The concept is akin to those at Corinth who felt they were superior to other members of the church who did not have the sensational gifts. The Colossian problem is more akin to persons who believe they engage in an angelic type of personal worship. Those who do not engage in such are spiritually inferior in their minds. Paul says this notion is sinful. There is no such thing as an angelic worship in which men can engage. The premise is false and Paul says those who engage in such are in danger of losing their reward.


Third, Paul gives two reasons men should not suppose they engage in a super spiritual form of worship akin to that of the angels. The first reason thy should not suppose such is that they are "intruding into those things which [they have] not seen." When individuals think they worship as the angels do they are intruding into things they have not seen. They have not been to the spiritual realms and therefore have no idea of what they speak. They are ignorant and demonstrate their ignorance by their arrogant, false worship.


Paul says as much by virtue of the second reason he gives as to why men should suppose they engage in a worship akin to the angels. Those who think they do such are "vainly puffed up by his fleshly mind." Not only are they puffed up, but they are vainly puffed up. They are puffed up in themselves and that notion is nothing but vanity. It is hollow and useless. They are vainly puffed up in their own "fleshly mind[s]." They are engaged in a fleshly, that is sinful, way of thinking.


Paul says these individuals "take delight" in these things. They may exude a genuineness and joy that surpasses that of other believers. The problem lies in the fact that sin is often delightful. Some of the most joyful expressions may be seen in the faces of those in the midst of blatant sin. The deception here is that the activity in which these individuals were engaged appeared to be spiritual. Thus, it may appear that they indeed are more spiritual then others. But sadly, it is a dangerous heresy. Let us shun any notion of super spiritual worship. Let us be content with rendering praise to God from hearts that have been transformed by the Spirit and grace of God.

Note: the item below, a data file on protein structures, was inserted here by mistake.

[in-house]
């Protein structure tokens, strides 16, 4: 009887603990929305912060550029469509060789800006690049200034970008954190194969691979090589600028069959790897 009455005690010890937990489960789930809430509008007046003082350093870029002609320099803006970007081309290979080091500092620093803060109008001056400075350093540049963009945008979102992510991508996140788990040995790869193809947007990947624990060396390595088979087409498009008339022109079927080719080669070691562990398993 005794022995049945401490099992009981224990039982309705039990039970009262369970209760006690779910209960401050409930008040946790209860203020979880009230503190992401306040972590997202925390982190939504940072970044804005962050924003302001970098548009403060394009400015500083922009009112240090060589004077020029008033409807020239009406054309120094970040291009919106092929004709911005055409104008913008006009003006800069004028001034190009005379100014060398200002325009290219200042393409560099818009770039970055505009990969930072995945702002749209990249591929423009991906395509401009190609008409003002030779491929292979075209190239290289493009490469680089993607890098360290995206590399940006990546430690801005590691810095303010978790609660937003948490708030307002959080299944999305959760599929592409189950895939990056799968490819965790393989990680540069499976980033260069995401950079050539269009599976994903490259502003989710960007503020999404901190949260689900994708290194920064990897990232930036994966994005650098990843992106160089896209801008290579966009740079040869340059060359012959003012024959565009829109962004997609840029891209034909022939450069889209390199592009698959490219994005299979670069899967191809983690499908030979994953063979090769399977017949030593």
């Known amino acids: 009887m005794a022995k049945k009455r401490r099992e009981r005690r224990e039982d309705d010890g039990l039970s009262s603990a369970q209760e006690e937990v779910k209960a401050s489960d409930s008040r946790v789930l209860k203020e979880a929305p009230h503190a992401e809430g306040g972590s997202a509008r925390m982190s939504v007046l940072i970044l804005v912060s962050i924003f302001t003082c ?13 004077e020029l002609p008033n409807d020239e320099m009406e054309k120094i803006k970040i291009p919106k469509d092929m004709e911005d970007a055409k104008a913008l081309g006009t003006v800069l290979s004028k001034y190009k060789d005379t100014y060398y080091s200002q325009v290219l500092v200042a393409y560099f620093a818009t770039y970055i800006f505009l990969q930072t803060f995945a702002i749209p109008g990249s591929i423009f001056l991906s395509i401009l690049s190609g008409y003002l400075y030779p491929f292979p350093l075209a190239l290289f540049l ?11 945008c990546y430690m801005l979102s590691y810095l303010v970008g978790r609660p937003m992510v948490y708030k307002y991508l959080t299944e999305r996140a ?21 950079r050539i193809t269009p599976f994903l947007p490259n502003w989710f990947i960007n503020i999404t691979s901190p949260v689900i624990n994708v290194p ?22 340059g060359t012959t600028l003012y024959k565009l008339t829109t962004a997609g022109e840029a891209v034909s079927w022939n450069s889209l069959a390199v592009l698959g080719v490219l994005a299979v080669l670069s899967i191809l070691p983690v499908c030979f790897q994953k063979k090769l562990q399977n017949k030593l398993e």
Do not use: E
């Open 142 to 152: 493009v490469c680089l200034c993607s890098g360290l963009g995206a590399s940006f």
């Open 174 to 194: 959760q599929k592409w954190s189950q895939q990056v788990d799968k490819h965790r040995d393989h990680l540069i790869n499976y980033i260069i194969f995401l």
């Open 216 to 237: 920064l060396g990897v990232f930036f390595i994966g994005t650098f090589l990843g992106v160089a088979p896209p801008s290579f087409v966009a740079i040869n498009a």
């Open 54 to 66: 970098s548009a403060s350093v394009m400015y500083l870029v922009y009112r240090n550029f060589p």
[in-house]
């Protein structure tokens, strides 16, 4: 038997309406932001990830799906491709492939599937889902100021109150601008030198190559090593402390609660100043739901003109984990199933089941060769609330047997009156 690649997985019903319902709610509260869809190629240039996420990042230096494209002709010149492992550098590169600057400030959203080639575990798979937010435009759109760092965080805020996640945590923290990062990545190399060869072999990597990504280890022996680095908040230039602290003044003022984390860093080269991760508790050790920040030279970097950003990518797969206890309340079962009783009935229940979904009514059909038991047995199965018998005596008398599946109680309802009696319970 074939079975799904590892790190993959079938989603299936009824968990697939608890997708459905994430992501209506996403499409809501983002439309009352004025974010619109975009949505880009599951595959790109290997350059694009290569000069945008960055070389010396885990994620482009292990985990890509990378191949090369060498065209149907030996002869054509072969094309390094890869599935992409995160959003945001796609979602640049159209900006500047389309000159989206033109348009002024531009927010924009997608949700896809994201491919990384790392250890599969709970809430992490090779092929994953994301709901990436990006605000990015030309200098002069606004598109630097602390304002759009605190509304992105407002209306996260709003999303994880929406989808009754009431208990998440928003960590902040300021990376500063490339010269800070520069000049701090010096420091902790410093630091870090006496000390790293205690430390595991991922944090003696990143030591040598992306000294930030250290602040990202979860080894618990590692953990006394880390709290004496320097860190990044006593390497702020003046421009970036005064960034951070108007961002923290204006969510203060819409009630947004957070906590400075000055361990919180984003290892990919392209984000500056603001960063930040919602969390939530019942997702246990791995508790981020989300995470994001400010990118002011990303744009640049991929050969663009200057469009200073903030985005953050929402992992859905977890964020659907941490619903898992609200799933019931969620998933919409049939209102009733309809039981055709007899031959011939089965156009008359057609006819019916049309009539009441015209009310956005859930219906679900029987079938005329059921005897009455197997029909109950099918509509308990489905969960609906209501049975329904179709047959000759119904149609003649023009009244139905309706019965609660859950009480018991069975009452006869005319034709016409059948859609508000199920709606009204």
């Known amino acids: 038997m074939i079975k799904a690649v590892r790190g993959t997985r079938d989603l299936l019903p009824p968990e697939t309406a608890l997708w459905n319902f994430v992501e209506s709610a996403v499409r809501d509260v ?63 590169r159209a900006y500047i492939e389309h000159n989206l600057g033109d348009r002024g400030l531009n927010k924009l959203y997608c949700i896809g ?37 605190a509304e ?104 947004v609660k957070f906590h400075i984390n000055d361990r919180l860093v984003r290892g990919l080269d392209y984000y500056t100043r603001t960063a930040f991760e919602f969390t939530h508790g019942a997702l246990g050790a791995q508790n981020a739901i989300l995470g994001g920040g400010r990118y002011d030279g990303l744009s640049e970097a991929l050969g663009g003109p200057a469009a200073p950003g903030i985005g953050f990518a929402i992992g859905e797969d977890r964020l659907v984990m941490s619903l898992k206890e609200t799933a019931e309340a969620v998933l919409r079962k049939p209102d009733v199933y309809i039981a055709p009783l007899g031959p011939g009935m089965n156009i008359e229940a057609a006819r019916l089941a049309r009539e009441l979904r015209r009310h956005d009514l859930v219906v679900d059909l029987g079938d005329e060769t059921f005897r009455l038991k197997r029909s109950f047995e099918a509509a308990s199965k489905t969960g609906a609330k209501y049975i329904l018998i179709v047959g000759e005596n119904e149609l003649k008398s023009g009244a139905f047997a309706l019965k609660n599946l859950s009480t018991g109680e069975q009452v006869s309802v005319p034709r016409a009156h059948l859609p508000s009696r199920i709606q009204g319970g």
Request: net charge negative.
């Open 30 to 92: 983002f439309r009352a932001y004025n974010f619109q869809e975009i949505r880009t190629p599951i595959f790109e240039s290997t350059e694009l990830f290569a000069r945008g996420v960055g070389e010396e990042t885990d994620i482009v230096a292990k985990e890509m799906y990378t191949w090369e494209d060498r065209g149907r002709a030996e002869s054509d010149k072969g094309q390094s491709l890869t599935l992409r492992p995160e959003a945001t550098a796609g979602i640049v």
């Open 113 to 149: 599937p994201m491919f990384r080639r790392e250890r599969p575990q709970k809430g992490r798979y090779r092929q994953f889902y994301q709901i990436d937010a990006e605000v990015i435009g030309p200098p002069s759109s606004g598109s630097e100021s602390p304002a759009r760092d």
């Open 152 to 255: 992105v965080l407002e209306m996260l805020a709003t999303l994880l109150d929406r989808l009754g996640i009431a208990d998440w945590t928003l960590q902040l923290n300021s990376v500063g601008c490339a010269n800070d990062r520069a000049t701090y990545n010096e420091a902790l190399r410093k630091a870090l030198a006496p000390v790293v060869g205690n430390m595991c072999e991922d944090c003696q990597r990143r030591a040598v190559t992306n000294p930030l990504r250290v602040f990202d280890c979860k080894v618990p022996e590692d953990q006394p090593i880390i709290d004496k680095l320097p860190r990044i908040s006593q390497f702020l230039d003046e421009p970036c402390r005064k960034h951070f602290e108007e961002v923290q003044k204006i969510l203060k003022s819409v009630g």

While bowing down to an image under the Kennedy Expressway is not exactly what Paul is talking about, application can certainly be made in terms taking delight in things that are fleshly. God alone is worthy of worship. Upon seeing an angel, the apostle John fell down before him in worship. The angel admonished him, "See that you do not do that! I am your fellow servant, and of your brethren who have the testimony of Jesus. Worship God!"


Paul expands upon his preceding thought in Col. 1:19. Not only were some prone to "taking delight in false humility and worship of angels, intruding into those things which [they] ha[d] not seen, vainly puffed up by [their] fleshly mind[s.], but these individuals were "not holding fast to the Head, from whom all the body, nourished and knit together by joints and ligaments, grows with the increase that is from God." The problem with those who are discontent with the Scriptures, the normal operations of the Spirit of God,     and the worship of Christ alone lies in the fact that they are always seeking something more. In so seeking, they are "not holding fast to the Head." That is, they are not holding fast to Christ and His sufficiency. He is the Head of the church and He is the One to whom Christians look. Christians are in danger of not holding fast to Him when they focus on angelic worship, experiential highs, or even the Holy Spirit Himself. Our focus is not the Spirit, but Christ. It is not that Christ points to the Spirit, but that the Spirit points to Christ. Our focus is certainly not the Virgin Mary or a supposed image of her which is nothing more than salt runoff under and expressway.


Christ is the One "from whom all the body, nourished and knit together by joints and ligaments, grows with the increase that is from God." The church is pictured in many places as the body of Christ. The church is nourished by Christ Himself. The church is knit together by Christ Himself. The church grows as it focuses on Christ. The church grows with the increase that is from God, not from men. It is God who provides spiritual sustenance and growth for and in the church. A contrived worship, no matter how super spiritual it appears to be, no matter how miraculous the circumstances seem, not matter how much we want to reach out and touch, can never do such. Super worship and the worship of images or anything other than God Himself is unnecessary and sinful. Christ is sufficient.


Moreover, Christ is not one aeon among many as the Gnostics would teach. He is the Head of the church and it is from Him that the church is "nourished and knit together." In this verse we see an affirmation of Trinitarian doctrine as Christ is the One who nourishes and knits together the church. At the end of the verse, it is said that the church "grows with the increase that is from God." Here we have one sentence and one thought. Christ and God are used interchangeably. Christ is not one god among many, He is the Head of the church, and He is God. Paul has made this point previously. He simply affirms it again here. Nor do we find anything here about Mary or images. We simply find Christ.